The first sign of trouble inside the U.S. House of Representatives on Wednesday came as lawmakers debated in a joint session of Congress whether to accept the presidential electors from Arizona, an element of Joe Biden’s victory over Donald J. Trump.
Aides appeared, ominously whispering to bosses. Then came the noises in the hall, quickly followed by uniformed police. A lieutenant commanded them to close the chamber’s large heavy doors.
“And that’s when it got a little strange,” said U.S. Rep. Jim Himes, D-4th District. “We briefly recessed, and the lieutenant came in and said, ‘We’ve used tear gas in the Rotunda. So please take out the gas masks under the seats and open them up.’”
Tear gas? In the Capitol where JFK lay in state after an assassination that rocked America’s sense of political stability and continuity? Not far from where Justice Ruth Bader Ginsburg and Congressman John Lewis, symbols of justice and civil rights, also were grieved last year.
Himes recalled a factoid from a long-ago orientation: Yes, gas masks are hidden under the chairs in the U.S. House of Representatives, just like there are life jackets under airline seats. He broke open the plastic bag containing the mask.
He was near U.S. Rep. Rosa L. DeLauro, D-3rd District. They were not among the 11 House Democrats permitted to be on the floor under a deal intended to limit exposure to COVID-19, but they watched from a gallery closed to the public.
The two Connecticut Democrats from neighboring districts sat above and behind the rostrum, where House Speaker Nancy Pelosi, D-Calif., watched with House Majority Leader Steny Hoyer, D-Md.
“You could hear banging on doors. You could hear shouting outside. And at that point, they led more officers into the gallery, to the galleries and balcony overlooking the floor. They spread us out. And they evacuated the floor pretty quickly. They took the speaker and Steny off, and then the lieutenant came and said, ‘Get ready to crouch down behind your seats.’ It got a little tense.”
A woman was shot and killed inside the Capitol, but Himes said he heard no gunfire, only banging that sounded like a baseball bat taken to a door, the unmistakable noise of breaking glass, and a pop and whoosh that may have been tear gas.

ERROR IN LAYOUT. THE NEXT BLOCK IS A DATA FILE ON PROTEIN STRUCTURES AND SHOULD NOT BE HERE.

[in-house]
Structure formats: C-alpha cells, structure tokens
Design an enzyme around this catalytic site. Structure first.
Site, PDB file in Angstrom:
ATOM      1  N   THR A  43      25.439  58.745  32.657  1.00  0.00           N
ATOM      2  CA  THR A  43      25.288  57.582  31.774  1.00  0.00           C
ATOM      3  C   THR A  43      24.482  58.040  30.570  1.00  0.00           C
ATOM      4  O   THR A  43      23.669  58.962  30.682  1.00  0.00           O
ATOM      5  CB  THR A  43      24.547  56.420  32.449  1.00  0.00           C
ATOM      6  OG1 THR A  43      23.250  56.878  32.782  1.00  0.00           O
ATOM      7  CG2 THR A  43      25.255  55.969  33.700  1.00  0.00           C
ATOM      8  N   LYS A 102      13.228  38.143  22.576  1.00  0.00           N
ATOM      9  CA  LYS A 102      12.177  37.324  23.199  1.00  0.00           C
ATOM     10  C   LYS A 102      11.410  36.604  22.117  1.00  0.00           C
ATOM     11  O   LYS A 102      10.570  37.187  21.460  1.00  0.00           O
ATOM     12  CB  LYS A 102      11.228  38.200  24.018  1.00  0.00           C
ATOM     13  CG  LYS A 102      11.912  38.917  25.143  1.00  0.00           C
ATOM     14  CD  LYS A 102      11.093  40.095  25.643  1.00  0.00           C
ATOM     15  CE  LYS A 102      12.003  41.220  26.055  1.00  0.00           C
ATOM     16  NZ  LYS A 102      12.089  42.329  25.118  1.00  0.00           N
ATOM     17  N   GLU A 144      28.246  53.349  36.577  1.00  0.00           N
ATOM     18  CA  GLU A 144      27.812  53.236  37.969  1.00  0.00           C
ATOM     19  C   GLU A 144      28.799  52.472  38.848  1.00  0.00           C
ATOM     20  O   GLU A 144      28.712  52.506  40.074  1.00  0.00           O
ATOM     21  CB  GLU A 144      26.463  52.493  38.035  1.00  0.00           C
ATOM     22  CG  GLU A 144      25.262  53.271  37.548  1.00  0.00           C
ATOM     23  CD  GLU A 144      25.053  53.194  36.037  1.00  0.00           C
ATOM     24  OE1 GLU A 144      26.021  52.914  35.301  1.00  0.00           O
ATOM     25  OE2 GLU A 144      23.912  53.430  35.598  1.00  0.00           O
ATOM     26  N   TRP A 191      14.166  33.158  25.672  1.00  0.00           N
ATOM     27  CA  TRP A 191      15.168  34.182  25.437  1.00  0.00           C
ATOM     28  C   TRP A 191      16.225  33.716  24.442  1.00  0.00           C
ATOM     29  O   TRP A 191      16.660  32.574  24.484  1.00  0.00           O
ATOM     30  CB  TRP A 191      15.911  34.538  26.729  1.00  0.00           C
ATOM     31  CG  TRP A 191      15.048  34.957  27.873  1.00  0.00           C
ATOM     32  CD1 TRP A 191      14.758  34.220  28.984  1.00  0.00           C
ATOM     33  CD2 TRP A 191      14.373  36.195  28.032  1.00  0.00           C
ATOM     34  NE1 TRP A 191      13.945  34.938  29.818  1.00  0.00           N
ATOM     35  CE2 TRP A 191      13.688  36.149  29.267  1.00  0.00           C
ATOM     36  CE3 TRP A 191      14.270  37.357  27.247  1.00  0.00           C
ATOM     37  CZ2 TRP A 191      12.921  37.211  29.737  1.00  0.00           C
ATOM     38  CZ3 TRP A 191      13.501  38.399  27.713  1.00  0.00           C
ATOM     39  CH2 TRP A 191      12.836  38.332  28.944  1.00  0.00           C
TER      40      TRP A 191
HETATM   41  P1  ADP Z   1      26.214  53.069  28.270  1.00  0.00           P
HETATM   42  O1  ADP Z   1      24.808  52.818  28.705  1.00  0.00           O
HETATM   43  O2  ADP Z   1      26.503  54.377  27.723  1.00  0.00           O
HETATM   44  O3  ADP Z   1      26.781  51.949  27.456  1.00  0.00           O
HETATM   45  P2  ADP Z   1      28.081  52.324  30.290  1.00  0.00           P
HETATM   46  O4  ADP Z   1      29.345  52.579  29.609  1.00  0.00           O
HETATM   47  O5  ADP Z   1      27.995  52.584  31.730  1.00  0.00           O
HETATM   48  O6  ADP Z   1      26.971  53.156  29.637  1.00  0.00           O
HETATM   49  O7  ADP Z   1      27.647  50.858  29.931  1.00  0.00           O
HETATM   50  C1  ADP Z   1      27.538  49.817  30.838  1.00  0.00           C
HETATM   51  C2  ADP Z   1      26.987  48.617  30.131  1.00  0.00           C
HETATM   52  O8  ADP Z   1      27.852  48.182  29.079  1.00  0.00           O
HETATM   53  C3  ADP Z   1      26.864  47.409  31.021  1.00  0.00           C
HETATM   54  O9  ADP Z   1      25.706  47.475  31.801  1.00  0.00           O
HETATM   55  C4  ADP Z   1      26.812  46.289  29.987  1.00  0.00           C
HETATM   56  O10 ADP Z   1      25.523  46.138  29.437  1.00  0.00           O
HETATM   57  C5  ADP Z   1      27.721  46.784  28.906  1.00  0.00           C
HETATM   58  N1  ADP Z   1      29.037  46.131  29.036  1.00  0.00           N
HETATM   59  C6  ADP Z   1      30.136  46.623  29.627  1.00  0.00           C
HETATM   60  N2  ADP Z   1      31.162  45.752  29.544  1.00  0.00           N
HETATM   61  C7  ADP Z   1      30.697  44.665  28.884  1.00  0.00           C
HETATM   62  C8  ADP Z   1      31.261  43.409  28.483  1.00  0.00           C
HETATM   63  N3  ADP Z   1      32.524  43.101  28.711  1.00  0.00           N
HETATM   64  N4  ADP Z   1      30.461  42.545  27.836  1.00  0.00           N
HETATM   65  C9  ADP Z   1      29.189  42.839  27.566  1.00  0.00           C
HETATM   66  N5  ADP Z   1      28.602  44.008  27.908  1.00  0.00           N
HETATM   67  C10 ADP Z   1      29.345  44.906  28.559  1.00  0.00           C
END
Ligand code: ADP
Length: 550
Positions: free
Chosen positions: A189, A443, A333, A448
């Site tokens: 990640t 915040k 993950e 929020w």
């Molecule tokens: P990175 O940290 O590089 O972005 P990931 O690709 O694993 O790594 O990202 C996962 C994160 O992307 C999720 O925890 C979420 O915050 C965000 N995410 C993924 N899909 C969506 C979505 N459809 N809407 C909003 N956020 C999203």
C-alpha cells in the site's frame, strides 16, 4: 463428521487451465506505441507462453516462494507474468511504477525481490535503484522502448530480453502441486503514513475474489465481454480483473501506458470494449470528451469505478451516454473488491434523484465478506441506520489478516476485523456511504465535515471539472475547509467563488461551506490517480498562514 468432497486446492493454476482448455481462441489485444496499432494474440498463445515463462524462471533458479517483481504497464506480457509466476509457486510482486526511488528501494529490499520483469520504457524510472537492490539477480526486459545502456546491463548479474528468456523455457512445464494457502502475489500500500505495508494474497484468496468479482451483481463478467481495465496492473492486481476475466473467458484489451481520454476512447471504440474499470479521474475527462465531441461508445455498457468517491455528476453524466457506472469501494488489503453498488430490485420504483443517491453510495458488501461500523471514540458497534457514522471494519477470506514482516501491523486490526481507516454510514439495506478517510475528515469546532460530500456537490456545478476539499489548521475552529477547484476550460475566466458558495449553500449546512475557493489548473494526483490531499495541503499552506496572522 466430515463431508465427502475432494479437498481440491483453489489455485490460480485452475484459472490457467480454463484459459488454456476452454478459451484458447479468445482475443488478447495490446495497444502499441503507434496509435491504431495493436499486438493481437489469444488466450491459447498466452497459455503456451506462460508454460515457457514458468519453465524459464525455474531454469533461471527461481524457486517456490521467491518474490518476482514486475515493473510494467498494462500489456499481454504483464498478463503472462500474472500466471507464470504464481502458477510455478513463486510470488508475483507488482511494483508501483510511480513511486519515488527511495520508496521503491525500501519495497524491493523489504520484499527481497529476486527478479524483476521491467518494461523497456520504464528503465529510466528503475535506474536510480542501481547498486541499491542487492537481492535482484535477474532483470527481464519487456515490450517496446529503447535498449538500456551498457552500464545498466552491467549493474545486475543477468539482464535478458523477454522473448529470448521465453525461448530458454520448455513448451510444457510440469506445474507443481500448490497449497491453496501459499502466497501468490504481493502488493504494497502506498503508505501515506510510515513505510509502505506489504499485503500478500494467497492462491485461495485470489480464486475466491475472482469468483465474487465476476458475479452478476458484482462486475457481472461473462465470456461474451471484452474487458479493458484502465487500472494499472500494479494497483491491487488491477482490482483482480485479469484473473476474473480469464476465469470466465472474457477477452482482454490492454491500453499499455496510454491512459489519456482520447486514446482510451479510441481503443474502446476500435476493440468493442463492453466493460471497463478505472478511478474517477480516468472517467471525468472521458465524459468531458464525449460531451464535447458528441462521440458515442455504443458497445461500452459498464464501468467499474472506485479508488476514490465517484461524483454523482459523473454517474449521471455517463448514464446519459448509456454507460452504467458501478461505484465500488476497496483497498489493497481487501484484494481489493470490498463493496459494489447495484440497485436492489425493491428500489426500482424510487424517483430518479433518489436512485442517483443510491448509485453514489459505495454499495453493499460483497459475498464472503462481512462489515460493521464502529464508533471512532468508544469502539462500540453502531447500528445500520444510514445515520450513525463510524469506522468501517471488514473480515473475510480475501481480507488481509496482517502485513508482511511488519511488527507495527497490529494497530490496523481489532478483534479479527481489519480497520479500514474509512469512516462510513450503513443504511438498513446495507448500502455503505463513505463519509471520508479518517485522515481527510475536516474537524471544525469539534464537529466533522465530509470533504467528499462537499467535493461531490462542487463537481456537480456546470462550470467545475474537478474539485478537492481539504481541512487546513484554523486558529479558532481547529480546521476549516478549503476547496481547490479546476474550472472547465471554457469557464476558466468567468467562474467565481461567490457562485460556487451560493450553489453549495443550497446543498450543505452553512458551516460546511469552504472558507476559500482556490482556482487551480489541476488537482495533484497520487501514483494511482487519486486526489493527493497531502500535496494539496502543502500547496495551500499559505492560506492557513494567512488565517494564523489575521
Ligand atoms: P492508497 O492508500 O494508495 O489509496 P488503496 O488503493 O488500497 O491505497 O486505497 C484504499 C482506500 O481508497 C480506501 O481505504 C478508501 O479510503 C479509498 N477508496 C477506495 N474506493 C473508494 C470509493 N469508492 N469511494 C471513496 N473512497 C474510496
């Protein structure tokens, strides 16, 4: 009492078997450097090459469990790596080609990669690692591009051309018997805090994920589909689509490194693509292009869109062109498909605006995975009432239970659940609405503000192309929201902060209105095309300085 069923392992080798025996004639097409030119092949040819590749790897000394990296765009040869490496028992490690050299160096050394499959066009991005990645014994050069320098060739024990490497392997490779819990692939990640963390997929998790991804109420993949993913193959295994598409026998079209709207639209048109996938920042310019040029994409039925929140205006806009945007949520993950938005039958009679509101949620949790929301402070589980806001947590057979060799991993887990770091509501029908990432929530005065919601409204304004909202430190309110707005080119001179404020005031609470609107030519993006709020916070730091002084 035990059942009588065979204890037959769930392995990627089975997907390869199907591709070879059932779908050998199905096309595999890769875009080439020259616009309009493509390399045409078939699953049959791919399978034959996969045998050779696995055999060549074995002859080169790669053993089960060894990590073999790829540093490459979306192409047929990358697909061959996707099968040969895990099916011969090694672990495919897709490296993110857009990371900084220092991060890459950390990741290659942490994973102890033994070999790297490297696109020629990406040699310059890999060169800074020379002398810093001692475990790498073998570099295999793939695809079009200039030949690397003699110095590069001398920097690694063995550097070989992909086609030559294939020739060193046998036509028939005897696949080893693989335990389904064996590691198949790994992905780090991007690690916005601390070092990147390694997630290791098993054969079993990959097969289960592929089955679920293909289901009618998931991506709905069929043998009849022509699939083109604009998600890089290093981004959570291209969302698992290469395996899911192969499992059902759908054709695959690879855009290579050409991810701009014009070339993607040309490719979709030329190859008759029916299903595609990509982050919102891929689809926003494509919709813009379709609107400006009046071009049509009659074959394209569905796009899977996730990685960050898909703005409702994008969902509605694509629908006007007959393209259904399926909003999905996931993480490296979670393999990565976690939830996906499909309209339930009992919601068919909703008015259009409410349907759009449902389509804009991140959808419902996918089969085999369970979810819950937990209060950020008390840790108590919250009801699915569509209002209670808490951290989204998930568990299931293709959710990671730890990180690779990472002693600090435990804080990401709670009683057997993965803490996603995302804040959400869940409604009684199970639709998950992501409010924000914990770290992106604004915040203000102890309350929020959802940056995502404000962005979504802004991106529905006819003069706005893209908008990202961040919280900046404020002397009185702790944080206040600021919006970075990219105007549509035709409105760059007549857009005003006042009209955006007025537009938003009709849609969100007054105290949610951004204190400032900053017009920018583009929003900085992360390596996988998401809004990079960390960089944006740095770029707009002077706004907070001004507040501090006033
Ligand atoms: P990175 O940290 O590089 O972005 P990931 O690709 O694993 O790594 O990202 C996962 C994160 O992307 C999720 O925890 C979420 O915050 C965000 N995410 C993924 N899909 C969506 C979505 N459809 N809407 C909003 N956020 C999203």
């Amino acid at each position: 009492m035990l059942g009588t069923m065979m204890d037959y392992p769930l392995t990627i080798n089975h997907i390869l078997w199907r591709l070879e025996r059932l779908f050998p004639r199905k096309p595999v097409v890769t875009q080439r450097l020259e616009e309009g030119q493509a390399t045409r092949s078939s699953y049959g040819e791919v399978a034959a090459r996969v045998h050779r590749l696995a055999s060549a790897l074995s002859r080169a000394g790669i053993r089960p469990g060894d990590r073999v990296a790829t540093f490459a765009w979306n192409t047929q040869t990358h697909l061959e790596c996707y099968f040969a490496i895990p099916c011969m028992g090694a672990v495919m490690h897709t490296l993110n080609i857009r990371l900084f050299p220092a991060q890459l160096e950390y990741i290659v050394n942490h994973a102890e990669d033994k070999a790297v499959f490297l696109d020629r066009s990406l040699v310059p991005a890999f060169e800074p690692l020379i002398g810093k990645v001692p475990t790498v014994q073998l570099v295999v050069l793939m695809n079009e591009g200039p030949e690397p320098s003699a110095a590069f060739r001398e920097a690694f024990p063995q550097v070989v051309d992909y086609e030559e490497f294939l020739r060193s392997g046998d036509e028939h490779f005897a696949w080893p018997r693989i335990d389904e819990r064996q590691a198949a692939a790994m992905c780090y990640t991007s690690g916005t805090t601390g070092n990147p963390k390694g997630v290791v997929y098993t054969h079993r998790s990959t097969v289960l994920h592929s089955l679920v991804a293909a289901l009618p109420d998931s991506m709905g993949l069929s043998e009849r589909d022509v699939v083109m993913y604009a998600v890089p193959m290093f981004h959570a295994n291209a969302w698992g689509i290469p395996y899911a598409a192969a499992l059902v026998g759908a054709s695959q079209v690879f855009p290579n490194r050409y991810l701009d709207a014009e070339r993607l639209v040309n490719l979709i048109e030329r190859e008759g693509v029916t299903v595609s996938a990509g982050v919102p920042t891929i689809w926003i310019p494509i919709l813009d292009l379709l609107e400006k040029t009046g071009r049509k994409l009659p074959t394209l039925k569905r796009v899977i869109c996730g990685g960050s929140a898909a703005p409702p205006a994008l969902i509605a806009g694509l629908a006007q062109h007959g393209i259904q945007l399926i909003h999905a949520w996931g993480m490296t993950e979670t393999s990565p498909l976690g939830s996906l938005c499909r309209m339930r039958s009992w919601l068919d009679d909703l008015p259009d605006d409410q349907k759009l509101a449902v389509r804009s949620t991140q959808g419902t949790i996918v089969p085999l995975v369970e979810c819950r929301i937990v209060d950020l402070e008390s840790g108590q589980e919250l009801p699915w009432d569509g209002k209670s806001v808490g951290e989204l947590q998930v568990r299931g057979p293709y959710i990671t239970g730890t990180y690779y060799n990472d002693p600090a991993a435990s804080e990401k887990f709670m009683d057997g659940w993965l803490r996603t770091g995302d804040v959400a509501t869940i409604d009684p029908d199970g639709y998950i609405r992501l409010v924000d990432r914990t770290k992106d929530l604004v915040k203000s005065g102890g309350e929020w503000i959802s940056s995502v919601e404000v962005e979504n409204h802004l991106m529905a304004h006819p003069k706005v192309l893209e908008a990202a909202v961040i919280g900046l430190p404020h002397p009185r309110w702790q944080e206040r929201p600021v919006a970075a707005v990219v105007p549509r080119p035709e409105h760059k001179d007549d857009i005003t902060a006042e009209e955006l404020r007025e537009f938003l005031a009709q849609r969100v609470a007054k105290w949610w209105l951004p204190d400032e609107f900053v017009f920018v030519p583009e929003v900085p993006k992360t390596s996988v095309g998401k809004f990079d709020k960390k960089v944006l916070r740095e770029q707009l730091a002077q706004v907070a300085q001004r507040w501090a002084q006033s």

Officers drew their sidearms.
Himes watched the police try to secure the doors. He was dumbfounded to watch them struggle to move heavy furniture as a barricade. He was in what is largely assumed to be one of the most secure buildings in the United States. He could hear mob sounds in the foyer.
“They were at the door to the chamber. They broke the glass,” Himes said.
The officers pointed their weapons at the door. Then came the word: Evacuate.
Himes was in a group escorted out the exit usually used by the first lady after the State of the Union. The hallway was crowded with police in tactical gear. Rioters lay facedown on the floor.
The members of Congress followed police down a utility stairway into the tunnel system beneath the Capitol.
They were at the door to the chamber. They broke the glass.”
Himes told this account Wednesday night from a secure room in a place he could not disclose. He had water and was able to brush his teeth to get the taste of tear gas out of his mouth. The room was crowded with members of Congress, all sheltering in place while police worked to regain control of the U.S. Capitol.
Himes, who is alternately praised and criticized for trying to work across the aisle, said he is trying to absorb what has happened and how so many House Republicans joined Trump in publicly suggesting that Biden’s election somehow could be undone Wednesday during a joint session of Congress.
“You know, mobs are nothing new. Mobs don’t surprise me,” Himes said. “But when a good chunk of a political party decides to aid and abet a mob in the service of chaos, and attacking our democracy, that makes me really sad. I mean, it’s just an awful moment.”
The president had goaded the mob. He even denounced Vice President Mike Pence as a coward for not stopping the process that would be the final procedural step before Biden’s inauguration. Nothing the president did surprised Himes.
“We’ve known Donald Trump now for four years. But it makes me very, very sad that so many of my Republican colleagues — some of them, by the way, are sitting across from me in a very crowded room, making a real point about not wearing a mask,” Himes said. “You know, it just makes me so sad that people will abandon their commitment to democracy and decency for a man like Donald Trump.”
As he spoke, the murmur of other voices could be heard, some undoubtedly who could hear Himes as he spoke.
At 6 p.m., he was told the Capitol was secure. Outside, the nation’s capital was under a curfew. Himes said they would be going back to work.
Back in the House chamber. Time to go back to work. pic.twitter.com/8gmkHF4rbt
— Jim Himes (@jahimes) January 7, 2021